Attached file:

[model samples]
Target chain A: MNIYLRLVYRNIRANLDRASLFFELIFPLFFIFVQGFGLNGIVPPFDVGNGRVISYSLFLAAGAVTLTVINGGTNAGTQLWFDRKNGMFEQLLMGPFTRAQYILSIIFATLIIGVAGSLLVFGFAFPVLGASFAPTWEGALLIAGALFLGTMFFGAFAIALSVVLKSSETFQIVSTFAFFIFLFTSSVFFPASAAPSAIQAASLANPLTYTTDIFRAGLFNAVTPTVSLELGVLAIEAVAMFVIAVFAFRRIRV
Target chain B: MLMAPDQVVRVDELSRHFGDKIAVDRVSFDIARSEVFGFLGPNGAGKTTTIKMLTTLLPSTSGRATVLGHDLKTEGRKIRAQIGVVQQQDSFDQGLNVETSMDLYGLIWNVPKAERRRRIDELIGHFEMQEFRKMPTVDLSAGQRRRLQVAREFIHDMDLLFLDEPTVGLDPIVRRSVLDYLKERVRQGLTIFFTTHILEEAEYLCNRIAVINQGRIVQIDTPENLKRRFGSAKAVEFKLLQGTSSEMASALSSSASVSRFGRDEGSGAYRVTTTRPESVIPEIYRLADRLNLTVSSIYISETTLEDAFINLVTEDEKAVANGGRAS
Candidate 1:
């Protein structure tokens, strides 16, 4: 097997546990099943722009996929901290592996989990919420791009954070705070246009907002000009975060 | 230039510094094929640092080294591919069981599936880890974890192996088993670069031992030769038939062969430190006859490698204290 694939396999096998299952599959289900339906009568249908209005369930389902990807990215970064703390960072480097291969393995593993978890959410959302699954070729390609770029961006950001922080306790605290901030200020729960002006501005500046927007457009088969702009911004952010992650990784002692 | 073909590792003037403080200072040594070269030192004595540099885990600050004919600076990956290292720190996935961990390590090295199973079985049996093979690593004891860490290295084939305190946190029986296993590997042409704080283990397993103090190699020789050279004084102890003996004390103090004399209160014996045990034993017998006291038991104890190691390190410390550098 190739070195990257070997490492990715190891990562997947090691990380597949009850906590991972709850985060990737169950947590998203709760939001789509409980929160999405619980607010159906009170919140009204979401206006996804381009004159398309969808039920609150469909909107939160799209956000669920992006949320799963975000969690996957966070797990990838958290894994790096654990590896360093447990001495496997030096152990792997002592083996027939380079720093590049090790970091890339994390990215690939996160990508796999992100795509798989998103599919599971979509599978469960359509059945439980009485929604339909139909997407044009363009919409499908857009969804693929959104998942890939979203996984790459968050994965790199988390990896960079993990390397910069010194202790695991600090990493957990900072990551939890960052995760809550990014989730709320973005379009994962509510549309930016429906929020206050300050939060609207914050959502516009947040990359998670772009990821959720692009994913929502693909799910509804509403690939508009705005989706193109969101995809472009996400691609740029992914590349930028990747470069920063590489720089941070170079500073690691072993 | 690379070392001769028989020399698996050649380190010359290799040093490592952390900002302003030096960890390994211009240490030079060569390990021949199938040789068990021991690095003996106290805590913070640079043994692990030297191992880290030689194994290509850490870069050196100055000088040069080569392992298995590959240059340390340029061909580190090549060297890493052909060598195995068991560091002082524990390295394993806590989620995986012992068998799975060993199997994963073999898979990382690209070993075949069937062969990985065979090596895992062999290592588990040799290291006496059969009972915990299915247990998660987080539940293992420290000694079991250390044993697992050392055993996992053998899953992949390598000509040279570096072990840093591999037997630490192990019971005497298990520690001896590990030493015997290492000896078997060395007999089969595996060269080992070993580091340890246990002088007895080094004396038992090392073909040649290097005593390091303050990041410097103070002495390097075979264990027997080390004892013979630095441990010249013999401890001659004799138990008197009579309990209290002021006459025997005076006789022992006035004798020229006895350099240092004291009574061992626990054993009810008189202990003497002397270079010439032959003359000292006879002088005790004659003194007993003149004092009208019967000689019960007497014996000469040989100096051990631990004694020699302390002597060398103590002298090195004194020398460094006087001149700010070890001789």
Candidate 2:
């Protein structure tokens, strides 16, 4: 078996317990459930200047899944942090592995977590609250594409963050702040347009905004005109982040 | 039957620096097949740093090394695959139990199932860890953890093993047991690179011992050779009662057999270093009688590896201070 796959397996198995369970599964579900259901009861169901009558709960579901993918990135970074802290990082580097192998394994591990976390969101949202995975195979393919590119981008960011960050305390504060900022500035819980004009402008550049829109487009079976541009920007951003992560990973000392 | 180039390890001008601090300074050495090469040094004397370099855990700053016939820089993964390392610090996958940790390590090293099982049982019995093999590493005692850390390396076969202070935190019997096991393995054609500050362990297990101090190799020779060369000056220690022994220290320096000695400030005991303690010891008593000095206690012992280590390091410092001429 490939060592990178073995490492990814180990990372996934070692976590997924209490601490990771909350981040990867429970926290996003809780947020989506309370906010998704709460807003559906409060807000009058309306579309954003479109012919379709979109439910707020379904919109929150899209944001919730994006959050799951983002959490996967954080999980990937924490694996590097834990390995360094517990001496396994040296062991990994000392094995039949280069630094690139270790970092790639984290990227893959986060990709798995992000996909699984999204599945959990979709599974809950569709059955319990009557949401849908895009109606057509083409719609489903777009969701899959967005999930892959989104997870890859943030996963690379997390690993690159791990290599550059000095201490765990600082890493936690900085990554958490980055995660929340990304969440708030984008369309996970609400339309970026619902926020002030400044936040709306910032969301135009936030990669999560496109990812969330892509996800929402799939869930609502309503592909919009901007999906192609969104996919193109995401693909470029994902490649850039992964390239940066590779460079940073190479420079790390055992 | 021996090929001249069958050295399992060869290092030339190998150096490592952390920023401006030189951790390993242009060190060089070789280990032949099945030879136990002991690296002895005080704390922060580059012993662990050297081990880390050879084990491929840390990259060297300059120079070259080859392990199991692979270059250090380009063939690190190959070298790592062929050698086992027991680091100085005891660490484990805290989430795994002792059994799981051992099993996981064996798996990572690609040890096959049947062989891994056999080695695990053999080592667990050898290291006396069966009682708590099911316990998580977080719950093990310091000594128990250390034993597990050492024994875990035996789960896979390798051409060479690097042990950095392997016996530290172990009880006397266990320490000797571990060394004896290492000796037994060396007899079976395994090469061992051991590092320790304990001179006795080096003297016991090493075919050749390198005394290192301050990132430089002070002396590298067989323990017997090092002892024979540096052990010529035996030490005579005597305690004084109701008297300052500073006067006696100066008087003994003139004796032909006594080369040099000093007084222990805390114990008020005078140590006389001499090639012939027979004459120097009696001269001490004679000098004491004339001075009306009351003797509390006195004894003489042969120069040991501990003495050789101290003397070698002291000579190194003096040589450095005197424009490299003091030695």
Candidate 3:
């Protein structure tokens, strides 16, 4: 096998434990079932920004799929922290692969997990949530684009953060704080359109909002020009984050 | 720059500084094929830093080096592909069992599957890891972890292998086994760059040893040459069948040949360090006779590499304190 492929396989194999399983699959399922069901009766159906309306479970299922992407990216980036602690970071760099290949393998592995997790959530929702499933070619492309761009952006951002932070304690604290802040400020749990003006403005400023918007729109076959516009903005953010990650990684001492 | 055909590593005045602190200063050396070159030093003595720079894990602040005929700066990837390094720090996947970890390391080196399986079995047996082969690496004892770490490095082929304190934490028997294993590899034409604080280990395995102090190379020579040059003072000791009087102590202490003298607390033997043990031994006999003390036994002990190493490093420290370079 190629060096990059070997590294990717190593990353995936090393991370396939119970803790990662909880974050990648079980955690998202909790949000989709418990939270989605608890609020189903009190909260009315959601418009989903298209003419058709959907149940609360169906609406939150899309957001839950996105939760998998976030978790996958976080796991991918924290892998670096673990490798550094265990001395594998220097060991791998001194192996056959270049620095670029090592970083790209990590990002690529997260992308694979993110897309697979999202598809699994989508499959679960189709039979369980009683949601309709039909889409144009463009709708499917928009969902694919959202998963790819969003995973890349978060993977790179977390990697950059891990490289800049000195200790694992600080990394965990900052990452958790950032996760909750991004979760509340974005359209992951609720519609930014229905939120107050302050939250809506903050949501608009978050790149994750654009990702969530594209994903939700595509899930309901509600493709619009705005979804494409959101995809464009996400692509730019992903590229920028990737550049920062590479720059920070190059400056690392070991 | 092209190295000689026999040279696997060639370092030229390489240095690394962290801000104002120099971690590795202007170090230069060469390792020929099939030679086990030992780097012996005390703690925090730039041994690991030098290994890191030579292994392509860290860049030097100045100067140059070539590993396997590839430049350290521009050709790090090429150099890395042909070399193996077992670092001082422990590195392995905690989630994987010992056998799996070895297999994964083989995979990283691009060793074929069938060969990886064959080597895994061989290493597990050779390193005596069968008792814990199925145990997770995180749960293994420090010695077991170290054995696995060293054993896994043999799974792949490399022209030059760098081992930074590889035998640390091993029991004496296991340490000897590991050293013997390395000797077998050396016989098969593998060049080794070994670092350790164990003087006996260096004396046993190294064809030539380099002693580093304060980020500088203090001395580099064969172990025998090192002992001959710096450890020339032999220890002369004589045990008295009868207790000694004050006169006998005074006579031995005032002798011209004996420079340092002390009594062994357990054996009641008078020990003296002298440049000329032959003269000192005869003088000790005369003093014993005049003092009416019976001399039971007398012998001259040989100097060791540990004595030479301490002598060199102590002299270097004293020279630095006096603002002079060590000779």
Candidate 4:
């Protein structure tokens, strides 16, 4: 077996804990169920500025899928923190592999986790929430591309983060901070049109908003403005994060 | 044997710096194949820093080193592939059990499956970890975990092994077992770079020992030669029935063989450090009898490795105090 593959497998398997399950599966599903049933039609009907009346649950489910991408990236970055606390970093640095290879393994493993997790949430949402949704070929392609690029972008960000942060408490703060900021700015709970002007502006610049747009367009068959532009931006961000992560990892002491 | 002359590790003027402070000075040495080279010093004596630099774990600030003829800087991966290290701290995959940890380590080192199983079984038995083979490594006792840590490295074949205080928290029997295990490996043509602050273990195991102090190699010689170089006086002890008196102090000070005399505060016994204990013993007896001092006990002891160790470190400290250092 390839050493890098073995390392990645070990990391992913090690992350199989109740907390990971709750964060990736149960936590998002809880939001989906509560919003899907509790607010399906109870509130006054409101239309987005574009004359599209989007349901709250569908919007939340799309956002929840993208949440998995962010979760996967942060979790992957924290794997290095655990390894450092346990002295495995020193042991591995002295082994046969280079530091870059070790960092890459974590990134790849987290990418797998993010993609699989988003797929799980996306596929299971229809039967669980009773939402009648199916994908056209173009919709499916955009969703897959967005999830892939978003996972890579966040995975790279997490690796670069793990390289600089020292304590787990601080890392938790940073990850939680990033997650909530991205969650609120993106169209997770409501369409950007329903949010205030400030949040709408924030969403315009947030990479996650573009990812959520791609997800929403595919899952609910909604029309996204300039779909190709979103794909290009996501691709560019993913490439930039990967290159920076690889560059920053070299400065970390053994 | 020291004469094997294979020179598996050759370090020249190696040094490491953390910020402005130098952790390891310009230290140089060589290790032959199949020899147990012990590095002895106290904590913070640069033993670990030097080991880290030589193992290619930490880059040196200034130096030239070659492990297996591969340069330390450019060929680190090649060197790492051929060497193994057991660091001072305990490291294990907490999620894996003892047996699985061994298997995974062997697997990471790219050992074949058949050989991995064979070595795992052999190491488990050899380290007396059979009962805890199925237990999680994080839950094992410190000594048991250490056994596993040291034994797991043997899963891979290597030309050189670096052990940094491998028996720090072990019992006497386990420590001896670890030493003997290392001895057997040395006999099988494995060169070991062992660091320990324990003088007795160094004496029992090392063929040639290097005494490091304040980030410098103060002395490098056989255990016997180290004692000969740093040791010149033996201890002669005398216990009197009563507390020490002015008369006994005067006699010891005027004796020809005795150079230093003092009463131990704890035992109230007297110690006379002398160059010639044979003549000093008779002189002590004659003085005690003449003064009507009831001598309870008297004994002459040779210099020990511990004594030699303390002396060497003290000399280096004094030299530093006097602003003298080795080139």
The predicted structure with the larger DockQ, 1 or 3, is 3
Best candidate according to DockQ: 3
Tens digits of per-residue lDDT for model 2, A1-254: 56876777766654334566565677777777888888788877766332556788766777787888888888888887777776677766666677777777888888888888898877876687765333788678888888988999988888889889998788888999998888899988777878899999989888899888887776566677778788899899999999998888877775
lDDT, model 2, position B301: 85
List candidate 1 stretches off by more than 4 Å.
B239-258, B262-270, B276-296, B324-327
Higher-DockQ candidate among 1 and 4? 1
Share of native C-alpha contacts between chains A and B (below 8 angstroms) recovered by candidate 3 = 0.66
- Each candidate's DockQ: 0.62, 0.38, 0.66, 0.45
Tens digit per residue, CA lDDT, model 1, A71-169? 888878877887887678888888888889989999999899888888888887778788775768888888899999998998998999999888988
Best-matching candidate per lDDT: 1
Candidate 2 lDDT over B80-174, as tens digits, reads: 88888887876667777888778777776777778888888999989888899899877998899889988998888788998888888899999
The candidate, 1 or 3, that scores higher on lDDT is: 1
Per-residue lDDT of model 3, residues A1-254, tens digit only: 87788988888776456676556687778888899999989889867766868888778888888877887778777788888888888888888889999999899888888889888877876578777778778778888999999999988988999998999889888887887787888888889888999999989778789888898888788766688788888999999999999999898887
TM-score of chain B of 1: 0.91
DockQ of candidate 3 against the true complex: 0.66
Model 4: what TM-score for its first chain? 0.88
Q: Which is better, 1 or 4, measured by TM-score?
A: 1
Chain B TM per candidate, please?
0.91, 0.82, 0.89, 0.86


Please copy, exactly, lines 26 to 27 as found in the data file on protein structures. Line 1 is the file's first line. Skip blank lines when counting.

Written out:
TM-score of chain B of 1: 0.91
DockQ of candidate 3 against the true complex: 0.66